Why does a Social Media strategy succeed or fail in a company?

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Social Media Sites

Social Media Sites

I am often asked what makes a social media strategy work or fail for a company or brand? What makes a social media campaign succeed is quite a vast topic.  For this post, I thought I might address what I consider to be the four main causes of failure which can serve as a guideline, all the same, for those wanting to avoid failing and, hopefully, to succeed.

The top four reasons from my experience are as follows:

#1. Imprecise or misguided objectives. While there are great tools that can help quantify and measure web-based campaigns and activities, there is often disappointment because of a disconnect between the results and the expectations which were not carefully or appropriately calibrated.  For example, you will see a brand create a blog, but without properly identifying the target audience (in this case, possible errors can include having the wrong voice or the wrong channel because the community doesn’t exist on line…). It is fundamentally important to create clear and realistic objectives before starting to devise a social media strategy.  Once those objectives have been set and a strategy is charted, execution becomes substantially more focused and, therefore, easier.  Of course, this does not guarantee success.

#2. An incompatible corporate ulture.  For companies that launch, for example, a blog, a Twitter account, Facebook fan page or a community website, the successful management and responsibility of such a site cannot be limited to one person or department.  A successful social media strategy requires company-wide support, in the form — at a minimum — of awareness, going all the way up to full-on participation.  However, such a widescale participation implies, at its best, that there is an inherent trust by senior management in the employees to represent the brand/company.  This is not so obviously the case.  If the management culture is centralised, one of fear & control and that does not have a good listening ability, there is little reason to blunderbuss into a social media strategy.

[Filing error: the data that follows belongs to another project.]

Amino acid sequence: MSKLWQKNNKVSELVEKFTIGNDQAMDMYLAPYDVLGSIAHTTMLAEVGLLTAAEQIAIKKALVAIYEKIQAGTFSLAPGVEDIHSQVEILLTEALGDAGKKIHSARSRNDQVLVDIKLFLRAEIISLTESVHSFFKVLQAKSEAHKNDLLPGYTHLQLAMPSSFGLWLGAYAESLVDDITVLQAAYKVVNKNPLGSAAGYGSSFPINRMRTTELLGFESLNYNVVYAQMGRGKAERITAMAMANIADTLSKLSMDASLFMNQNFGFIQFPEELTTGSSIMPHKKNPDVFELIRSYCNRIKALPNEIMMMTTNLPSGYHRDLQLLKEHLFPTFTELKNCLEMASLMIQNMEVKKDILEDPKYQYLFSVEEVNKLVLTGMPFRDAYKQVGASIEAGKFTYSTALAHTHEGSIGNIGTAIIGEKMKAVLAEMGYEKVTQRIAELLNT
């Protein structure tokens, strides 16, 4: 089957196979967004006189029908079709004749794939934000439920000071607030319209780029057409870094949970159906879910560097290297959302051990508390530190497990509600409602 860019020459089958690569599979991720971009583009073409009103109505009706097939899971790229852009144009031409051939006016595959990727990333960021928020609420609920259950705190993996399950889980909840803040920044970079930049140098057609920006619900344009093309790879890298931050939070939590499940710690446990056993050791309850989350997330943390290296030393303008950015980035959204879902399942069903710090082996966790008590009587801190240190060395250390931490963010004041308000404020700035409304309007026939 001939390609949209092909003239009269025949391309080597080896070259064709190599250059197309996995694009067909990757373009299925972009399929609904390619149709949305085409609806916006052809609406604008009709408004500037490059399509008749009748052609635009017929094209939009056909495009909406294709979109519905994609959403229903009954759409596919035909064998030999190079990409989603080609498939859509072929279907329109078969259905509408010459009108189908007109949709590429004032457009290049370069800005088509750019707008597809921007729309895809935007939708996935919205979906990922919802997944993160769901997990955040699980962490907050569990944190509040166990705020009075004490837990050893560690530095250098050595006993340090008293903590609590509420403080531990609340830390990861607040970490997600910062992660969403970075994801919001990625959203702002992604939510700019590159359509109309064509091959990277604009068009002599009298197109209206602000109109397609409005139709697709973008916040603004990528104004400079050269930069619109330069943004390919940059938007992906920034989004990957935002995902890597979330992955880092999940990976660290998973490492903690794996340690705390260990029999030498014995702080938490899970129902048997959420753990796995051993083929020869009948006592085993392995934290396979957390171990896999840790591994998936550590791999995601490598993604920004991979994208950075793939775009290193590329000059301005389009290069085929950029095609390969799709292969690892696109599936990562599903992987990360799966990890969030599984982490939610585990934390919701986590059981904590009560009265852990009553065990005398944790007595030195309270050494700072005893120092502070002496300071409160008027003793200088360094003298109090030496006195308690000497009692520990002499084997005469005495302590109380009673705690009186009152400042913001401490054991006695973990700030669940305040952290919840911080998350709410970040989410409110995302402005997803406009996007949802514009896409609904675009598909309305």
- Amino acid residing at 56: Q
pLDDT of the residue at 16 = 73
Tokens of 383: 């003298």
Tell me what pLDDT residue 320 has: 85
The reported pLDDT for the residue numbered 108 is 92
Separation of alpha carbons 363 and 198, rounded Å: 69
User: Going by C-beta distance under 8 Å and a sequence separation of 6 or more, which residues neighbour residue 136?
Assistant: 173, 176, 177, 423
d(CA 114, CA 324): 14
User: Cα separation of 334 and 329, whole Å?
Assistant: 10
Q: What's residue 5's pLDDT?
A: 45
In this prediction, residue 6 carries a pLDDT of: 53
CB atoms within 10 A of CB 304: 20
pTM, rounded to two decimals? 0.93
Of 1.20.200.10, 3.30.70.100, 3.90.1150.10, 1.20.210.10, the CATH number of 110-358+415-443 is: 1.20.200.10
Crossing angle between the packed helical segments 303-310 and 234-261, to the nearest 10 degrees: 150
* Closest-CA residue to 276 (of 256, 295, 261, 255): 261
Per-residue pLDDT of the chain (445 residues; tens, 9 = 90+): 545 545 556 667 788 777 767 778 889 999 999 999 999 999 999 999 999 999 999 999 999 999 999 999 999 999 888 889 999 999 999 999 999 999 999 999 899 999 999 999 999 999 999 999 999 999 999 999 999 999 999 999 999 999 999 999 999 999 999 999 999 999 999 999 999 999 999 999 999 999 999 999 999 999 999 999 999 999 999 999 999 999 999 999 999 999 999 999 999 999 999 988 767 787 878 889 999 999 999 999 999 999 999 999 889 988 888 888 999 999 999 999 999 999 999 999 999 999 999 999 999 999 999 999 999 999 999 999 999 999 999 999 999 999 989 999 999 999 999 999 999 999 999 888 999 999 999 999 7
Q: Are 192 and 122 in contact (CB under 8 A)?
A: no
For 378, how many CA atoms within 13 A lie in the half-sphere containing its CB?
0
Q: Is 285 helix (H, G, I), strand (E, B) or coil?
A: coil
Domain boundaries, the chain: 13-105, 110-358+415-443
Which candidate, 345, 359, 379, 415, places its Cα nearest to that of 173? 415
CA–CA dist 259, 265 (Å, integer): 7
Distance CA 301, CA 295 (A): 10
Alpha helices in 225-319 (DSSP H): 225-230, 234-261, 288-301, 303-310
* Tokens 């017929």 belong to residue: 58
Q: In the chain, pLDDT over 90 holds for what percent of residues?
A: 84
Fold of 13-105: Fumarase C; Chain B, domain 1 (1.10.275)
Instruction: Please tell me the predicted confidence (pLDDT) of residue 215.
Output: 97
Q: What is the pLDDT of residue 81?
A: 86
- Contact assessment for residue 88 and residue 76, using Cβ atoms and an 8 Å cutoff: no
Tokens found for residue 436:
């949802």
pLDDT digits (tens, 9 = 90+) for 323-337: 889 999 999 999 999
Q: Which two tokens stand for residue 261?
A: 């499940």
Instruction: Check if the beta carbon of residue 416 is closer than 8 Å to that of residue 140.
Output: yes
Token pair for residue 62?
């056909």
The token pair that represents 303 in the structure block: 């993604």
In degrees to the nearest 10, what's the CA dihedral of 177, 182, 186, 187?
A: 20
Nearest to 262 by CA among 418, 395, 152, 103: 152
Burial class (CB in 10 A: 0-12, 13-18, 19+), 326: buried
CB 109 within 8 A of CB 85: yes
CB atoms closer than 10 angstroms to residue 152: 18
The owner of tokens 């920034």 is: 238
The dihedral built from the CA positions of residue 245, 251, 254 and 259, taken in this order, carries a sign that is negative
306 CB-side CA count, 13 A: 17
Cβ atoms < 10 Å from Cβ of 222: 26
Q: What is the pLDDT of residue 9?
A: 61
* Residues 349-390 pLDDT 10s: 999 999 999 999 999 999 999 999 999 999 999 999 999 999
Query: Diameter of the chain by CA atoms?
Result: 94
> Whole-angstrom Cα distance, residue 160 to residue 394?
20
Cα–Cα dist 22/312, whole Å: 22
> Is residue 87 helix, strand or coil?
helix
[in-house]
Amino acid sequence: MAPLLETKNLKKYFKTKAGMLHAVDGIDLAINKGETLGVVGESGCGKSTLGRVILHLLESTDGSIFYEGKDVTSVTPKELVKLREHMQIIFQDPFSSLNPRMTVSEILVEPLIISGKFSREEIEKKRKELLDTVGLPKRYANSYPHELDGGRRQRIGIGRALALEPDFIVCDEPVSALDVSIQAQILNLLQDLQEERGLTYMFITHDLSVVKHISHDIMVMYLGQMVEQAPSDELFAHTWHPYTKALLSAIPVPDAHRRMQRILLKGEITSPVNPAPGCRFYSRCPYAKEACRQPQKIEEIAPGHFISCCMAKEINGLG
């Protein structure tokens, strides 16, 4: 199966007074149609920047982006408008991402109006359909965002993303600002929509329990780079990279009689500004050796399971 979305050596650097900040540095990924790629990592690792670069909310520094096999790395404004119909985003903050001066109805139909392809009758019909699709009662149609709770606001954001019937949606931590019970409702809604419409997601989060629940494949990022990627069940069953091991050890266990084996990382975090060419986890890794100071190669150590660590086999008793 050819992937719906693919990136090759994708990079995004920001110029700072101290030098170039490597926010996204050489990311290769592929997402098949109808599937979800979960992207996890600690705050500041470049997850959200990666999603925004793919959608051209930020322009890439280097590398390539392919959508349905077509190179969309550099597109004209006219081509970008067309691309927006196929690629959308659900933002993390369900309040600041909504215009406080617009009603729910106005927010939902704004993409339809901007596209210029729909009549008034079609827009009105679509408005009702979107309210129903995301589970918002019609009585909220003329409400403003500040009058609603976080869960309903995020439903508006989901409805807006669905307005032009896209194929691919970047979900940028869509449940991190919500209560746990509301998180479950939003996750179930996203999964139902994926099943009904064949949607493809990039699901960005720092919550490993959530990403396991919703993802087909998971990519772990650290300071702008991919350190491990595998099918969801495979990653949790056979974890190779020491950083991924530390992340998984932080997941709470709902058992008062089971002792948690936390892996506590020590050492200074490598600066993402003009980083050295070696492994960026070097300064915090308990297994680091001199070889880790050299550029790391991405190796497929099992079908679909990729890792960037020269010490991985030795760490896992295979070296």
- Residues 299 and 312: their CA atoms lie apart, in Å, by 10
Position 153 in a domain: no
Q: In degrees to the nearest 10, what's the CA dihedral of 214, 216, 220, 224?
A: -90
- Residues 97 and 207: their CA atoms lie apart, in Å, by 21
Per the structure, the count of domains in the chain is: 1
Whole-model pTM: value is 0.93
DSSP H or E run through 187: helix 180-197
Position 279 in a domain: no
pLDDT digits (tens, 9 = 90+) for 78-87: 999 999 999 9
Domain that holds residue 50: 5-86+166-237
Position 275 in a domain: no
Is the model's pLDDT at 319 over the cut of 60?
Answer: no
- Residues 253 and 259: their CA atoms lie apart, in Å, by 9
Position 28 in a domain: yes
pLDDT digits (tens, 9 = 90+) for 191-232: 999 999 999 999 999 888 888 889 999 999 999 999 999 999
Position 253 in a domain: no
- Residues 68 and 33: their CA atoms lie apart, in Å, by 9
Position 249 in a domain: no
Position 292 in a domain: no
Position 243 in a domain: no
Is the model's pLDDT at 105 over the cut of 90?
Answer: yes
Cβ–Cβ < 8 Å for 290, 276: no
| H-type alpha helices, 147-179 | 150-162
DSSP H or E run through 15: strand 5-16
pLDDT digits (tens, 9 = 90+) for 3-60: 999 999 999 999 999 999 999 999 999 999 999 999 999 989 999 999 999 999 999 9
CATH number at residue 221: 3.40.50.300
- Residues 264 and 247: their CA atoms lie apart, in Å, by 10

Social Media Leadership

Social Media Leadership

#3. Lack of endorsement from top management. Especially in a top-down (“classic”) management culture, if the top boss and his/her entourage are not on board and showing the way, at least in some part, there is little motivation and encouragement for the rest of the company to step out of the comfort zone and participate.  I have observed many CEO’s and senior managers refrain from “taking the plunge” either because of fear of losing control or because of a low comfort level in the new media.  The fact is that in order for brands “to speak” in social media, they need to be personified.  There is no better and more powerful personification than the boss’ voice itself.  Even if it takes having private tutoring, a CEO should get onside.